“In Strickland v. Washington, [466 U.S. 668, 687, 104 S.Ct. 2052, 80 L.Ed.2d 674 (1984) ], the United States Supreme Court established that for a petitioner to prevail on a claim of ineffective assistance of counsel, he must show that counsel's assistance was so defective as to require reversal of [the] conviction.... That requires the petitioner to show (1) that counsel's performance was deficient and (2) that the deficient performance prejudiced the defense [by establishing a reasonable probability that, but for the counsel's mistakes, the result of the proceeding would have been different].... Unless a [petitioner] makes both showings, it cannot be said that the conviction ... resulted from a breakdown in the adversary process that renders the result unreliable.” (Citation omitted; internal quotation marks omitted.) Farnum v. Commissioner of Correction, 118 Conn.App. 670, 674–75, 984 A.2d 1126 (2009), cert. denied, 295 Conn. 905, 989 A.2d 119 (2010).

“For ineffectiveness claims resulting from guilty pleas, we apply the standard set forth in Hill v. Lockhart, 474 U.S. 52, 59, 106 S.Ct. 366, 88 L.Ed.2d 203 (1985), which modified Strickland's prejudice prong.” (Internal quotation marks omitted.) Gonzalez v. Commissioner of Correction, 124 Conn.App. 740, 743–44, 6 A.3d 152 (2010). “Under ... Hill ... the evidence must demonstrate that there is a reasonable probability that, but for counsel's errors, [the petitioner] would not have pleaded guilty and would have insisted on going to trial.... In its analysis, a reviewing court may look to the performance prong or to the prejudice prong, and the petitioner's failure to prove either is fatal to a habeas petition.” (Internal quotation marks omitted.) Gudino v. Commissioner of Correction, 123 Conn.App. 719, 723–24, 3 A.3d 134, cert. denied, 299 Conn. 905, 10 A.3d 522 (2010). Finally, we note that [i]n a habeas corpus proceeding, the petitioner's burden of proving that a fundamental unfairness had been done is not met by speculation ... but by demonstrable realities. (Emphasis in original; internal quotation marks omitted.) Farnum v. Commissioner of Correction, supra, 118 Conn.App. at 675, 984 A.2d 1126.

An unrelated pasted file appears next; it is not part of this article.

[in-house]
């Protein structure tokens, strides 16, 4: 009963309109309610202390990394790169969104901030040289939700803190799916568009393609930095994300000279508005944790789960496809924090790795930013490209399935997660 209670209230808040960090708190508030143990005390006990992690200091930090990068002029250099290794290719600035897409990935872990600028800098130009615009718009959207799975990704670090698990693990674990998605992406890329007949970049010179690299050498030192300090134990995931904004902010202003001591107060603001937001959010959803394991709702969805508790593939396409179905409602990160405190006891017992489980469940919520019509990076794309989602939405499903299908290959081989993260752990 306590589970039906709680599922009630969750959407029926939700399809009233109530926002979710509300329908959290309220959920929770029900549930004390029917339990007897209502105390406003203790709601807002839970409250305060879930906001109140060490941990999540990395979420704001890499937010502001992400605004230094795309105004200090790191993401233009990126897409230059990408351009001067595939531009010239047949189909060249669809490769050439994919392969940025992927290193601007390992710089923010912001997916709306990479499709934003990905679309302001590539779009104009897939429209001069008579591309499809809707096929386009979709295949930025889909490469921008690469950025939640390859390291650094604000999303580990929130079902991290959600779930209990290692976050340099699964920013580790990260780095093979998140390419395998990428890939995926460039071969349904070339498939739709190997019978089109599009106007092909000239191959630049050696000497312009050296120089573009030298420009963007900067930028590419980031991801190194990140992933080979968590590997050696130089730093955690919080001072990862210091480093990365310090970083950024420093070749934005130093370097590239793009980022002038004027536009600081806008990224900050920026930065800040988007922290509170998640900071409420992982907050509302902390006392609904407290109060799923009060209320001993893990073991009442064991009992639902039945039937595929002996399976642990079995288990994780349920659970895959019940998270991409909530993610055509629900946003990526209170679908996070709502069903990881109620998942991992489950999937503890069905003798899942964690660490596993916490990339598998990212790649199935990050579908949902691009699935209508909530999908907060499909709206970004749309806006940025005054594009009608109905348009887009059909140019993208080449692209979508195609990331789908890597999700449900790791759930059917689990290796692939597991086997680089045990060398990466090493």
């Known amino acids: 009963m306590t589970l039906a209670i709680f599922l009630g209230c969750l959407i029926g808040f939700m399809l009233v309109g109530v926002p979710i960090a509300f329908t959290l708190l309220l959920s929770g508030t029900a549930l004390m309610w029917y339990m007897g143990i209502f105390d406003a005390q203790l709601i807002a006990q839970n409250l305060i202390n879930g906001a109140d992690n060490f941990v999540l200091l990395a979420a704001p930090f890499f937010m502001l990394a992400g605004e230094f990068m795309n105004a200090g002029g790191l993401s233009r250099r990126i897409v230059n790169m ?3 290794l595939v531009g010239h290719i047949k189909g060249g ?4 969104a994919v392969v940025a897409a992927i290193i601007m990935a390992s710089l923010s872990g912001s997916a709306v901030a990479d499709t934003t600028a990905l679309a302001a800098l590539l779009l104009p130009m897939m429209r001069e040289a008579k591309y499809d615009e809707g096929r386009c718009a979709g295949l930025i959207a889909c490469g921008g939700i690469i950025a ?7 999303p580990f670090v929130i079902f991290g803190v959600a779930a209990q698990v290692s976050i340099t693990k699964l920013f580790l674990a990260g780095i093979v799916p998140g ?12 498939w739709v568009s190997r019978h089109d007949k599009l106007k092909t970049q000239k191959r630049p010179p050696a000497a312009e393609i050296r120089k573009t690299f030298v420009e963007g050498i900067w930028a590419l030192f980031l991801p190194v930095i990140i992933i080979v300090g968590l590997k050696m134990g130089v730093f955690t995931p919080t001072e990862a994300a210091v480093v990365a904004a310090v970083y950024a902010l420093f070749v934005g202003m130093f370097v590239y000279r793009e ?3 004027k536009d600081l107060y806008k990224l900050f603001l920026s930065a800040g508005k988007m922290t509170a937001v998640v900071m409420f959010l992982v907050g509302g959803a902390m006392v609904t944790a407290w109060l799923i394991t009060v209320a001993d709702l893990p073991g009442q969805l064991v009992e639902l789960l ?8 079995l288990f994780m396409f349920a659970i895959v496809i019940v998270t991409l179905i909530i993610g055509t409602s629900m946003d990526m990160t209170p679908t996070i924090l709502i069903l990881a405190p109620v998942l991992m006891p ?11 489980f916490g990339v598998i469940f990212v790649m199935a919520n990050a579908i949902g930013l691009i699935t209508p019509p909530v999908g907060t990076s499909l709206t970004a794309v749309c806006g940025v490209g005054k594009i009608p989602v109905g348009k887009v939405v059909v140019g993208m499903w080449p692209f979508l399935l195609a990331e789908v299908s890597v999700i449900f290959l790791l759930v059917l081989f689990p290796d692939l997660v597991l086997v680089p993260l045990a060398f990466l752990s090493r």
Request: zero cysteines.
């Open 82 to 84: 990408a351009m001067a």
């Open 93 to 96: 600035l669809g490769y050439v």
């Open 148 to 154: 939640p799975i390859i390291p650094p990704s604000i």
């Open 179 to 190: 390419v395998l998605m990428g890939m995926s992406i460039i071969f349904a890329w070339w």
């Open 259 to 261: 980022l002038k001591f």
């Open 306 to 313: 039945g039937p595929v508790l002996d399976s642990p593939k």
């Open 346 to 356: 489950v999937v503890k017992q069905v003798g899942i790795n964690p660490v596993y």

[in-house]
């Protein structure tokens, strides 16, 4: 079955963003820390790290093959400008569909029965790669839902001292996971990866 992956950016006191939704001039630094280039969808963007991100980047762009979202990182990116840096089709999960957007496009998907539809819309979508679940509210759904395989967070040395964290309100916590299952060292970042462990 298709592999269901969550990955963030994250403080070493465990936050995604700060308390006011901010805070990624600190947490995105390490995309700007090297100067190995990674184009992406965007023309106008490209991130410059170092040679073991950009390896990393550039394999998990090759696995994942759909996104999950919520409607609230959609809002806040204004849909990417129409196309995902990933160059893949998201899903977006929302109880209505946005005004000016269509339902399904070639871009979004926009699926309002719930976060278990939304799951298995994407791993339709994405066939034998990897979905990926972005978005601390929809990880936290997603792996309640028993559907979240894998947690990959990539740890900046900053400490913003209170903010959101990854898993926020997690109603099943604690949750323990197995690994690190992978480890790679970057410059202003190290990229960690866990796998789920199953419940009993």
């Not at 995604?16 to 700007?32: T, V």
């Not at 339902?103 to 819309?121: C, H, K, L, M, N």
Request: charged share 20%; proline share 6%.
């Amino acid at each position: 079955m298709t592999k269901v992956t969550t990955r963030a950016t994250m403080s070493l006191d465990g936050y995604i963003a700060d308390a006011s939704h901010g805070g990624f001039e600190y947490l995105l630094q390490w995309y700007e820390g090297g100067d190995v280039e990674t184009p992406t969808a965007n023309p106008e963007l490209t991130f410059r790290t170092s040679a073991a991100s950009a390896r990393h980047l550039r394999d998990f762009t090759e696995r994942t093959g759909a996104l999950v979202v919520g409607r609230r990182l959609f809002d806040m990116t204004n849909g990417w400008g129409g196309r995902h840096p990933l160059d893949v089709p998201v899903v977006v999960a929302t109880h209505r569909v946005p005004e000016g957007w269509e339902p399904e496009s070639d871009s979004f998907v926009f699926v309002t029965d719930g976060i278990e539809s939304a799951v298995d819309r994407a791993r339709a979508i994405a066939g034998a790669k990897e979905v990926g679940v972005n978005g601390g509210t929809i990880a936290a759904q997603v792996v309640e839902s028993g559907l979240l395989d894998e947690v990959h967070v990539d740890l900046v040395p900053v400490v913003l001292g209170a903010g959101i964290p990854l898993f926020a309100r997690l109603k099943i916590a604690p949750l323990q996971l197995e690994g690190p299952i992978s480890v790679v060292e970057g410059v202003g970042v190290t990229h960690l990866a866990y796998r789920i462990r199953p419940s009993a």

We first address the petitioner's claim that Mastronardi was ineffective for failing to file a motion to dismiss the charges, or in the alternative, a motion to suppress the photographic arrays.4 The petitioner argues that his photograph may have been among the photographs the victim examined on August 15, 2005, from which the victim was unable to identify the second assailant. The police subsequently destroyed the array after the victim could not make an identification. The habeas court rejected this argument, crediting the testimony of John Healy, a police detective, who had shown photographic arrays to the victim on August 15, 2005. Healy testified that he was “100 percent certain that [the petitioner] was not in ... any of the destroyed arrays.” The habeas court found that Mastronardi's decision not to file a motion to dismiss or to pursue a motion to suppress the photographic arrays was a tactical decision. The habeas court credited the testimony of Mastronardi that plea offers by the prosecutors were, by custom, time...

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11 cases
  • Brown v. Comm'r of Corr.
    • United States
    • Connecticut Court of Appeals
    • March 12, 2013
    ...constitutional right to effective assistance of counsel is plenary.” (Internal quotation marks omitted.) Morris v. Commissioner of Correction, 131 Conn.App. 839, 842, 29 A.3d 914, cert. denied, 303 Conn. 915, 33 A.3d 739 (2011). The intersection of the petitioner's claim of ineffective assi......
  • Humble v. Comm'r of Corr.
    • United States
    • Connecticut Court of Appeals
    • April 3, 2018
    ...the decision of the habeas court should be reversed on its merits." (Internal quotation marks omitted.) Morris v. Commissioner of Correction , 131 Conn. App. 839, 842, 29 A.3d 914, cert. denied, 303 Conn. 915, 33 A.3d 739 (2011). "A petitioner may establish an abuse of discretion by demonst......
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    • United States
    • Connecticut Supreme Court
    • November 1, 2011
  • Dieudonne v. Comm'r of Corr., 33616.
    • United States
    • Connecticut Court of Appeals
    • March 5, 2013
    ...constitutional right to effective assistance of counsel is plenary.” (Internal quotation marks omitted.) Morris v. Commissioner of Correction, 131 Conn.App. 839, 842, 29 A.3d 914, cert. denied, 303 Conn. 915, 33 A.3d 739 (2011). “As enunciated in Strickland v. Washington, supra, [466 U.S.] ......